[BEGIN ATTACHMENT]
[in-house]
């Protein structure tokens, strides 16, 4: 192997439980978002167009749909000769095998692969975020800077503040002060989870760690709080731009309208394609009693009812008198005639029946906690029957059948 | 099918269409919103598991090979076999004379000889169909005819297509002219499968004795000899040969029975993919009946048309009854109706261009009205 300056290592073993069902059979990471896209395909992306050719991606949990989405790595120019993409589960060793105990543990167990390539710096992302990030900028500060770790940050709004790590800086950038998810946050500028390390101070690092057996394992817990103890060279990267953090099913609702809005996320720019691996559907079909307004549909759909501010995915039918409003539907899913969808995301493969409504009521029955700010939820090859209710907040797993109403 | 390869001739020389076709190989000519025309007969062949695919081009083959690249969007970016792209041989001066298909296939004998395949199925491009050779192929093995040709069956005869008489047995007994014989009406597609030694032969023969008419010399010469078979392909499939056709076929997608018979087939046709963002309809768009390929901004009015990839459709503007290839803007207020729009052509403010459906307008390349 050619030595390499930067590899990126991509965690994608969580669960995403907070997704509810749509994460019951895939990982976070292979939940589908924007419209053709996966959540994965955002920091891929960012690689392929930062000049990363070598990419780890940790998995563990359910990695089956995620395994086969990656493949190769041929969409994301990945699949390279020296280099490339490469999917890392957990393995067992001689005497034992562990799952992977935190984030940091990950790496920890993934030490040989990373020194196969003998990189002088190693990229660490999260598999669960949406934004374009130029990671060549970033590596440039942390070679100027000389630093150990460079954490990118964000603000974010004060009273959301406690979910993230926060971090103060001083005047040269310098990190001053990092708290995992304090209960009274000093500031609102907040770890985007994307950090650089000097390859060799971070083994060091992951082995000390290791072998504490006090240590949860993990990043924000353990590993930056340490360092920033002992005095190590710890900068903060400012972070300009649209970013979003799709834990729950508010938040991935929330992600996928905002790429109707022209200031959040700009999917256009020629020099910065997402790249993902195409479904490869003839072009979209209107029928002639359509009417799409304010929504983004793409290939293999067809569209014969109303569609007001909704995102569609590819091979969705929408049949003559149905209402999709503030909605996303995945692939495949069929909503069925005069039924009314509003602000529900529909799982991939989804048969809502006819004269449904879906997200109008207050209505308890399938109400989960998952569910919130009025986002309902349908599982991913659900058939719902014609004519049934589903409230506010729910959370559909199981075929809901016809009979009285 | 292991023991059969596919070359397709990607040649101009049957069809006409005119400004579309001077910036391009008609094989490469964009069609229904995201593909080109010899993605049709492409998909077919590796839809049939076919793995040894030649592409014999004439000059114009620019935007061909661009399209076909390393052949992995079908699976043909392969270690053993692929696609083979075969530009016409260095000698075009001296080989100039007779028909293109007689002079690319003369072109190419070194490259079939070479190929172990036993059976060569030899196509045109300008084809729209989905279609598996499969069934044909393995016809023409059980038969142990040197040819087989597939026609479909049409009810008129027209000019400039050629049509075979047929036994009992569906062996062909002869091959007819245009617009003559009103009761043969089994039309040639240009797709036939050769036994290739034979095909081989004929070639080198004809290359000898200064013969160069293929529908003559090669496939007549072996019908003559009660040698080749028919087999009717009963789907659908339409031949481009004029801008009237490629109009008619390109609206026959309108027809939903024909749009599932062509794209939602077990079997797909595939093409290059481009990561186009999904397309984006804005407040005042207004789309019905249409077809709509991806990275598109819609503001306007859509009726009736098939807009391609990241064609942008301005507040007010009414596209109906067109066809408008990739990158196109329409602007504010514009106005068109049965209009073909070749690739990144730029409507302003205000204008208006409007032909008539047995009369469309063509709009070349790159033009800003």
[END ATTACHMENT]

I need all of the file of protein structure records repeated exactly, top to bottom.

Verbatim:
[in-house]
């Protein structure tokens, strides 16, 4: 192997439980978002167009749909000769095998692969975020800077503040002060989870760690709080731009309208394609009693009812008198005639029946906690029957059948 | 099918269409919103598991090979076999004379000889169909005819297509002219499968004795000899040969029975993919009946048309009854109706261009009205 300056290592073993069902059979990471896209395909992306050719991606949990989405790595120019993409589960060793105990543990167990390539710096992302990030900028500060770790940050709004790590800086950038998810946050500028390390101070690092057996394992817990103890060279990267953090099913609702809005996320720019691996559907079909307004549909759909501010995915039918409003539907899913969808995301493969409504009521029955700010939820090859209710907040797993109403 | 390869001739020389076709190989000519025309007969062949695919081009083959690249969007970016792209041989001066298909296939004998395949199925491009050779192929093995040709069956005869008489047995007994014989009406597609030694032969023969008419010399010469078979392909499939056709076929997608018979087939046709963002309809768009390929901004009015990839459709503007290839803007207020729009052509403010459906307008390349 050619030595390499930067590899990126991509965690994608969580669960995403907070997704509810749509994460019951895939990982976070292979939940589908924007419209053709996966959540994965955002920091891929960012690689392929930062000049990363070598990419780890940790998995563990359910990695089956995620395994086969990656493949190769041929969409994301990945699949390279020296280099490339490469999917890392957990393995067992001689005497034992562990799952992977935190984030940091990950790496920890993934030490040989990373020194196969003998990189002088190693990229660490999260598999669960949406934004374009130029990671060549970033590596440039942390070679100027000389630093150990460079954490990118964000603000974010004060009273959301406690979910993230926060971090103060001083005047040269310098990190001053990092708290995992304090209960009274000093500031609102907040770890985007994307950090650089000097390859060799971070083994060091992951082995000390290791072998504490006090240590949860993990990043924000353990590993930056340490360092920033002992005095190590710890900068903060400012972070300009649209970013979003799709834990729950508010938040991935929330992600996928905002790429109707022209200031959040700009999917256009020629020099910065997402790249993902195409479904490869003839072009979209209107029928002639359509009417799409304010929504983004793409290939293999067809569209014969109303569609007001909704995102569609590819091979969705929408049949003559149905209402999709503030909605996303995945692939495949069929909503069925005069039924009314509003602000529900529909799982991939989804048969809502006819004269449904879906997200109008207050209505308890399938109400989960998952569910919130009025986002309902349908599982991913659900058939719902014609004519049934589903409230506010729910959370559909199981075929809901016809009979009285 | 292991023991059969596919070359397709990607040649101009049957069809006409005119400004579309001077910036391009008609094989490469964009069609229904995201593909080109010899993605049709492409998909077919590796839809049939076919793995040894030649592409014999004439000059114009620019935007061909661009399209076909390393052949992995079908699976043909392969270690053993692929696609083979075969530009016409260095000698075009001296080989100039007779028909293109007689002079690319003369072109190419070194490259079939070479190929172990036993059976060569030899196509045109300008084809729209989905279609598996499969069934044909393995016809023409059980038969142990040197040819087989597939026609479909049409009810008129027209000019400039050629049509075979047929036994009992569906062996062909002869091959007819245009617009003559009103009761043969089994039309040639240009797709036939050769036994290739034979095909081989004929070639080198004809290359000898200064013969160069293929529908003559090669496939007549072996019908003559009660040698080749028919087999009717009963789907659908339409031949481009004029801008009237490629109009008619390109609206026959309108027809939903024909749009599932062509794209939602077990079997797909595939093409290059481009990561186009999904397309984006804005407040005042207004789309019905249409077809709509991806990275598109819609503001306007859509009726009736098939807009391609990241064609942008301005507040007010009414596209109906067109066809408008990739990158196109329409602007504010514009106005068109049965209009073909070749690739990144730029409507302003205000204008208006409007032909008539047995009369469309063509709009070349790159033009800003």